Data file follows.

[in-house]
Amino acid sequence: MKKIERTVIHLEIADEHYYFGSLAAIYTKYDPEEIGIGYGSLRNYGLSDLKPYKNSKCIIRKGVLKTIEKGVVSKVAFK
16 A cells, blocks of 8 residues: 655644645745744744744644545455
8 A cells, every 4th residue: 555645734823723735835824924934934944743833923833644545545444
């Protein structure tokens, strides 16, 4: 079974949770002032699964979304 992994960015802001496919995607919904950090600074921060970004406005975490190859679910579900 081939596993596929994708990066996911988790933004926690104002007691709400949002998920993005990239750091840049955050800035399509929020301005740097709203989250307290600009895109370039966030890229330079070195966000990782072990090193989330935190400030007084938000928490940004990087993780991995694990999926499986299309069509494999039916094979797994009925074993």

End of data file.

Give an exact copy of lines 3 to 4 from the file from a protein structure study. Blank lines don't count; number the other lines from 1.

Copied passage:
16 A cells, blocks of 8 residues: 655644645745744744744644545455
8 A cells, every 4th residue: 555645734823723735835824924934934944743833923833644545545444